9th April 2000
Editorial/Opinion| Plus| Business|
Sports| Sports Plus|
By Laila Nasry and Ruhanie PereraCome April and Sri Lankans are busy, busy...all in preparation for the New Year. Even nature comes out in all its splendour with an abundance of fruits and flowers, with background music courtesy the 'koha'.
Though the Sinhala and Tamil New Year is a national festival with no religious significance, it is steeped in tradition, passed down from generation to generation. With extended families a dying phenomenon and time a scarce commodity, one wonders if today's 'generation x' will know the joys of hunching over a stove frying 'kavum', flying high on an 'onchilla' or giving ear to a 'raban pade' instead of a hackneyed BSB CD.
The moment the New Year dawns is meticulously calculated to the last second by astrologers and 'auspicious times' set for every activity during the course of the day. The festivities do not begin till the end of a brief period where the stars change. This is called the "nonagathe"(punya kalaya), which is observed with prayer and worship. Next the hearth is lit and the milk boiled. This symbolises prosperity. Then the New Year dawns with a 'bang', with the lighting of crackers after which the family sits down to a meal of milk rice and sweetmeats. This is the first meal of the New Year.
Next the first financial transaction takes place while children take to their books -reading or writing - to guarantee a good year for education. Games such as "kotta pora", grease pole, "kamba adeema" and "banis kema" follow. Annointing oil is done at a specific time, generally a day later, followed by the first bath for the year. And so the traditions go, but how many of us actually adhere to them? For the younger generation is it a case of heading for the hills or making sure the swimming gear is packed for a vacation down south?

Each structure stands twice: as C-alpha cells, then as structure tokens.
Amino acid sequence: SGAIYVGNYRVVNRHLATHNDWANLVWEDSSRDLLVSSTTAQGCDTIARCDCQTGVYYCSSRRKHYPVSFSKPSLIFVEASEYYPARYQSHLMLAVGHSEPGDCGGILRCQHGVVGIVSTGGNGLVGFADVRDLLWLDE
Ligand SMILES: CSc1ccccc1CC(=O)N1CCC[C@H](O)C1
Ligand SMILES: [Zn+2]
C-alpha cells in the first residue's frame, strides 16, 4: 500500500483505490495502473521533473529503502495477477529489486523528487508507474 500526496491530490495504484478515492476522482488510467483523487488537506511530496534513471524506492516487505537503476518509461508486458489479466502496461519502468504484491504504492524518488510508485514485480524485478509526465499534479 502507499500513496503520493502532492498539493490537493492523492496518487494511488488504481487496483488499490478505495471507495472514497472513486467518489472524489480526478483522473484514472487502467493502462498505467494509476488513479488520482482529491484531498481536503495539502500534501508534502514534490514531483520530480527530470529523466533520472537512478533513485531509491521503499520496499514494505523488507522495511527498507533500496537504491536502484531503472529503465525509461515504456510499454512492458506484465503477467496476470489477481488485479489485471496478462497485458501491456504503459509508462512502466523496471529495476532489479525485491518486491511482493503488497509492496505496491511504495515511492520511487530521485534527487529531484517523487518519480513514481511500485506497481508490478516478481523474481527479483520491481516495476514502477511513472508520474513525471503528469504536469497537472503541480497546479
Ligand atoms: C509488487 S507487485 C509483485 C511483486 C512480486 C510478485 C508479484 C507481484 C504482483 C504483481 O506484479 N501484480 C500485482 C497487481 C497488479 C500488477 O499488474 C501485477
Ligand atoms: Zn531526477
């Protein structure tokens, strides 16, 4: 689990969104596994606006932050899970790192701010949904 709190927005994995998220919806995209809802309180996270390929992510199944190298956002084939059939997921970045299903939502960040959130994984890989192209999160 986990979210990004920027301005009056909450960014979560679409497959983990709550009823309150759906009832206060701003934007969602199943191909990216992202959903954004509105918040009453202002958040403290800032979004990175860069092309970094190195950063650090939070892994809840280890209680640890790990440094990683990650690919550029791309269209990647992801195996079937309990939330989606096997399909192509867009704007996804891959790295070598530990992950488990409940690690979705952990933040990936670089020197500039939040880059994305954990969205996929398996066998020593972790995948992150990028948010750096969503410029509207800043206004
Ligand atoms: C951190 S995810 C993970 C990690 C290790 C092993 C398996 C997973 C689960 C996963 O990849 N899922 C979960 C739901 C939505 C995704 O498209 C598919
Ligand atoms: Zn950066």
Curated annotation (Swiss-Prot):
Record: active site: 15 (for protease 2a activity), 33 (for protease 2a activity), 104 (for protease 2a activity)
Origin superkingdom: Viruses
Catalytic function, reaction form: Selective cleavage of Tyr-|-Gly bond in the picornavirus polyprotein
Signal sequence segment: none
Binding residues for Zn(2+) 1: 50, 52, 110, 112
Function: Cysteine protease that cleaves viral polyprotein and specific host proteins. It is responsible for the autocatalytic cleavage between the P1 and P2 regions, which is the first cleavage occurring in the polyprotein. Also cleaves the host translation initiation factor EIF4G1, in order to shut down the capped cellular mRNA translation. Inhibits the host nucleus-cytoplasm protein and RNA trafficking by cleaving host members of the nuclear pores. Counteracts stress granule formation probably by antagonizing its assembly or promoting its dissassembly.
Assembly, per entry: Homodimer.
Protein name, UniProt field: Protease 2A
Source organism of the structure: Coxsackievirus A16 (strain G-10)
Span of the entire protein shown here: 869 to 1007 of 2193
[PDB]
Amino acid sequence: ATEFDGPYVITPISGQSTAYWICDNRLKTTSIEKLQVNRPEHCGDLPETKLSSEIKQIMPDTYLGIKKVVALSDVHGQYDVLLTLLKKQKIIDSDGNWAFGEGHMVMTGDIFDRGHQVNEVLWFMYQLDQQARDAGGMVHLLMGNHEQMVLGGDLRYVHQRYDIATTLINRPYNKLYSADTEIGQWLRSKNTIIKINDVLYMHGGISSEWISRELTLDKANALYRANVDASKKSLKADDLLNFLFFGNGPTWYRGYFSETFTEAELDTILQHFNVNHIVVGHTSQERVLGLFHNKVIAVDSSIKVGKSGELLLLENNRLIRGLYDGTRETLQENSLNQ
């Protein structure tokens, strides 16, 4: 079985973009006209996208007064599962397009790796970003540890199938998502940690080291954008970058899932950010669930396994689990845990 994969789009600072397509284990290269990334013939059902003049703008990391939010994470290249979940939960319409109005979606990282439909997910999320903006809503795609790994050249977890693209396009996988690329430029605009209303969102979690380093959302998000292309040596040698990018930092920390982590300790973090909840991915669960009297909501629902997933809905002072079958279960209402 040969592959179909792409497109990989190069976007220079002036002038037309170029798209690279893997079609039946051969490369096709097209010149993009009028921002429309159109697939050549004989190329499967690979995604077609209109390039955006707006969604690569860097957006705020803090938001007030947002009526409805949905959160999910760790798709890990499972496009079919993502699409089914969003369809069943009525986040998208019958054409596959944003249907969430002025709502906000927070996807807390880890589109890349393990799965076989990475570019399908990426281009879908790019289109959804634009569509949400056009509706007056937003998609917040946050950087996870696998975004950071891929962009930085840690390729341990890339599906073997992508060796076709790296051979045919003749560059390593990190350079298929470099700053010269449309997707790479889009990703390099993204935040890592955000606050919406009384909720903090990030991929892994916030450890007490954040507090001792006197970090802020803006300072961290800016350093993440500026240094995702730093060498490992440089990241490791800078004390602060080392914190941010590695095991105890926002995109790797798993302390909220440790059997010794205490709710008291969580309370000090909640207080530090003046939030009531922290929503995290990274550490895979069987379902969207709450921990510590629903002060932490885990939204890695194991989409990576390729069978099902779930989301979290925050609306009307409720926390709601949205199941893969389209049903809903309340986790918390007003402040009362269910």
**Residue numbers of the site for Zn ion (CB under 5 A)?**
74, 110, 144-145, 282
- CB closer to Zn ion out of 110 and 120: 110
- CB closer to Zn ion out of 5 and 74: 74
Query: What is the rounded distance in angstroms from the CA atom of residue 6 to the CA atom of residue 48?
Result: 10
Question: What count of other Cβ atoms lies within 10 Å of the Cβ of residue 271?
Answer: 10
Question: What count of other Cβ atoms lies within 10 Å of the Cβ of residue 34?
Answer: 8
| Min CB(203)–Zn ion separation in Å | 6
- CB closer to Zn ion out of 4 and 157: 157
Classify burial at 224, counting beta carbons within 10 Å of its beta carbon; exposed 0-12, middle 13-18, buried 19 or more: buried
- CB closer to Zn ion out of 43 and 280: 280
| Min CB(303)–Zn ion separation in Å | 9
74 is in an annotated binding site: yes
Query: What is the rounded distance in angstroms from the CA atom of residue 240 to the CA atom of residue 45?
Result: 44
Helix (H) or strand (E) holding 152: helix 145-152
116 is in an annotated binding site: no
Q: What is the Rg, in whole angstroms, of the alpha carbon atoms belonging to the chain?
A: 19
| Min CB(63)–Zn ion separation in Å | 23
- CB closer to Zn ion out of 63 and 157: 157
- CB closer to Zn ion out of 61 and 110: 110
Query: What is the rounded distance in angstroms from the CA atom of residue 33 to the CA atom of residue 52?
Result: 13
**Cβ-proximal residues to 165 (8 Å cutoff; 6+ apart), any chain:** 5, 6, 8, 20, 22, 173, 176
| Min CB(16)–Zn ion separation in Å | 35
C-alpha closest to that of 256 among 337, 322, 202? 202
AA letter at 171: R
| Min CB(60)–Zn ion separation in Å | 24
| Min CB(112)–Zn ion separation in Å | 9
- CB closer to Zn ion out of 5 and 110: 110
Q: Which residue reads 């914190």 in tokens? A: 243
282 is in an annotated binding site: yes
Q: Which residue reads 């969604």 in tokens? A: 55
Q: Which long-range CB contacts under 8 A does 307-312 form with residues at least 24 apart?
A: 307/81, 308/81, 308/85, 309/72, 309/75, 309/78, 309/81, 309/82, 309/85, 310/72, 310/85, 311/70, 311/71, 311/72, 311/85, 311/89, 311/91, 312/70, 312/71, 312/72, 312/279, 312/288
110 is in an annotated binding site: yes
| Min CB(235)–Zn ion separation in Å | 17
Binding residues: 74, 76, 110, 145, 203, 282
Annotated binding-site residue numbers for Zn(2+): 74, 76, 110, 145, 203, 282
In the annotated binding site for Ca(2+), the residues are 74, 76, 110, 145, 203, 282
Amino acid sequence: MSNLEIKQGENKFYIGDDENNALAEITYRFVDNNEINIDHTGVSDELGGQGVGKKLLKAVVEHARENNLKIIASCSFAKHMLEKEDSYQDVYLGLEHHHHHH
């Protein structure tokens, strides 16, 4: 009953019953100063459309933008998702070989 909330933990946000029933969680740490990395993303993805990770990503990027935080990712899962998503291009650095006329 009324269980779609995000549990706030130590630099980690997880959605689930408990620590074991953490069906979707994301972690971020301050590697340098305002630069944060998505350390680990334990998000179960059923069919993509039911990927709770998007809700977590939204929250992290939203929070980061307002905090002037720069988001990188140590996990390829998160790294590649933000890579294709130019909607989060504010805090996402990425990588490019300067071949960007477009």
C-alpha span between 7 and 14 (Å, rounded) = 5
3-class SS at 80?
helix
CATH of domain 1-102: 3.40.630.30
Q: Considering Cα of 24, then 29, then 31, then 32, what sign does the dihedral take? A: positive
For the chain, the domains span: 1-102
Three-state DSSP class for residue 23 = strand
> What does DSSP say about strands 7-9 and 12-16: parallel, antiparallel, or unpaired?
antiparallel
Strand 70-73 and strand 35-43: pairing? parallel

Kanishka Hewage believes that if one is observing traditions, it should be done to the letter. "Honestly I do not observe all the traditions. I do not wear the auspicious colour or engage in all the customs. The most we do at home is light the hearth, which inevitably is the gas stove and partake of the traditional kiribath and sweetmeats. Then we head for Nuwara-Eliya for the long holiday. This year would be no different."
"For our family the avuruddha, is the new year. Though we don't celebrate every single tradition like the 'thel gama' we do keep to the main ones like going to the temple during the "punya kalaya", lighting the hearth, wearing the specified colour, the first 'ganudenu' and visiting relatives," says Radhini Fernando who enjoys traditions. "I can't wait for March to fly by and the New Year to dawn. I think it's a great time for families, you can put aside your differences and get together. Those who don't really celebrate 'avurudhu' are missing out on so much. Seeing everyone gathered at the temple at the same time creates this feeling of inner peace and solidarity."
For Indrika Gooneratne "traditions are the most important thing about avurudhu. It's important to keep traditions alive and we stick to everything. There's no point in doing something half-heartedly".
Indrika remembers a time when she "joined up with relations and all the friends down the lane and had our own celebrations. We dressed up weirdly and had a twisted version of 'avurudhu kumari'. The main event was 'banis kema'. It may seem kiddish, but it kept us together and that togetherness is still there. That I think is the most important part of the New Year".